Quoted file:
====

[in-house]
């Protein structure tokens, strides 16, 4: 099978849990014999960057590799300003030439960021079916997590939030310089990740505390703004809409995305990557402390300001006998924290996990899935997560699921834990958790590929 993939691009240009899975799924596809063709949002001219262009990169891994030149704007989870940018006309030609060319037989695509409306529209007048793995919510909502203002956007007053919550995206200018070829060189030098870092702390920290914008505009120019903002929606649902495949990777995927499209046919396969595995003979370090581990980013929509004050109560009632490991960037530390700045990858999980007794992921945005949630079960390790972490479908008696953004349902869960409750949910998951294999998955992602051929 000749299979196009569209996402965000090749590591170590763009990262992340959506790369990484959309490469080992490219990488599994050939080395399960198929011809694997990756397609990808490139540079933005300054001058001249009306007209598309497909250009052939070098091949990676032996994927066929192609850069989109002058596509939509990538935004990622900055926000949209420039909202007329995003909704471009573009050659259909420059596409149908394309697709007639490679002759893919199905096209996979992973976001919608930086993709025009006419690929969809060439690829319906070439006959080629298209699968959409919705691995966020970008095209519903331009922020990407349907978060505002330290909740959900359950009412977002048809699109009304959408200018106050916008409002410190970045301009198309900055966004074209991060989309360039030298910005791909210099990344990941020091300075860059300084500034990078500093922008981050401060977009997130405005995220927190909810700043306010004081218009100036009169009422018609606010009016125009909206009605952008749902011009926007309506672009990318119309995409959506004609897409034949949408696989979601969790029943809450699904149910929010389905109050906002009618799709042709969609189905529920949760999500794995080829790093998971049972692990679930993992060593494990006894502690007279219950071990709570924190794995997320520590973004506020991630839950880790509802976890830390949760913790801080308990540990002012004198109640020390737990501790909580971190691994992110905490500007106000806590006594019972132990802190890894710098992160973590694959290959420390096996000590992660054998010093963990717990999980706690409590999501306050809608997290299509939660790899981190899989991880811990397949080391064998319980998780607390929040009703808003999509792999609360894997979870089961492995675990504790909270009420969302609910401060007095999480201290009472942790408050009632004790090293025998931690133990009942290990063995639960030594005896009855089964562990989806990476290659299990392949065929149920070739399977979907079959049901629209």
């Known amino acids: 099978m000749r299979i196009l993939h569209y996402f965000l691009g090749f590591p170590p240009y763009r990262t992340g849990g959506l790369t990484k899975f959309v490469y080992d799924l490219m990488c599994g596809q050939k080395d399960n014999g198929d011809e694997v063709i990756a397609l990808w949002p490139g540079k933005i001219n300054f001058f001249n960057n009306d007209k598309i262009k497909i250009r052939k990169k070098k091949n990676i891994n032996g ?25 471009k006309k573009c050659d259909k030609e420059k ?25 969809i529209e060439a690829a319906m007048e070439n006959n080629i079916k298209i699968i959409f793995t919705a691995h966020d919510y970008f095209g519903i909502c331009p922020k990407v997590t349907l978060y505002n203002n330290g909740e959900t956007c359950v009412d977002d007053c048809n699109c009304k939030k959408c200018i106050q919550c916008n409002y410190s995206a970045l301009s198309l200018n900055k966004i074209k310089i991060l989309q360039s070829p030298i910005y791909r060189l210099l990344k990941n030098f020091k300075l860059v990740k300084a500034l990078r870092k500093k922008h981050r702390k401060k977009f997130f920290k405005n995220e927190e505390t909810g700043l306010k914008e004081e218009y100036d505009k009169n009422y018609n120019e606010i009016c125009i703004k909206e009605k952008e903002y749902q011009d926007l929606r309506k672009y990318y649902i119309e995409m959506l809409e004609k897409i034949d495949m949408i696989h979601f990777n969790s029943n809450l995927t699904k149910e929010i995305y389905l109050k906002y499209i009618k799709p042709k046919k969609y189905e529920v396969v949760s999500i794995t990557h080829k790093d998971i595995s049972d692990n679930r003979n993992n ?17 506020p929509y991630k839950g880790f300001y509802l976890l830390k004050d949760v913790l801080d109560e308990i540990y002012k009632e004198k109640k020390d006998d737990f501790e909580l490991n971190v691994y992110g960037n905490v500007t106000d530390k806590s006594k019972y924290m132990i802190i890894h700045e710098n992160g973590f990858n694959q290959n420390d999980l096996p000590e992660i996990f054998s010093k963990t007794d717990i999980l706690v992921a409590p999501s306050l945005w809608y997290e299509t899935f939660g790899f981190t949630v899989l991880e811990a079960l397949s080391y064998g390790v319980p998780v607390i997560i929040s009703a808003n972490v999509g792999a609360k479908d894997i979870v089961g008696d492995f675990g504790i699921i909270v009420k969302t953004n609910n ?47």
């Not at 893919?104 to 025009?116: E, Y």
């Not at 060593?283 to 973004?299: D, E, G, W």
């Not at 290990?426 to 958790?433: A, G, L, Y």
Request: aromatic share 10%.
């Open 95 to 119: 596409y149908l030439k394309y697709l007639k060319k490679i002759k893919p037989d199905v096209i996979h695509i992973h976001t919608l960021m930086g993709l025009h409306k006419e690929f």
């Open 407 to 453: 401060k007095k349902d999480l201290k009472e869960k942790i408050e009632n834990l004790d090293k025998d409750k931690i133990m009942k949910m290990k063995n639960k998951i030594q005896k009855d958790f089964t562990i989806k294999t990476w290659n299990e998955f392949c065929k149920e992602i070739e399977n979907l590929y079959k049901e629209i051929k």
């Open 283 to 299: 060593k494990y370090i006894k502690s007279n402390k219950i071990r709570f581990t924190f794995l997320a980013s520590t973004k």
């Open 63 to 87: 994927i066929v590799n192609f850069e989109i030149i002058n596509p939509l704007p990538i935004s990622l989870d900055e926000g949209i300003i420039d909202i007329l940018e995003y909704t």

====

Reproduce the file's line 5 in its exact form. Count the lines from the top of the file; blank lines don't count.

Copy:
């Not at 060593?283 to 973004?299: D, E, G, W």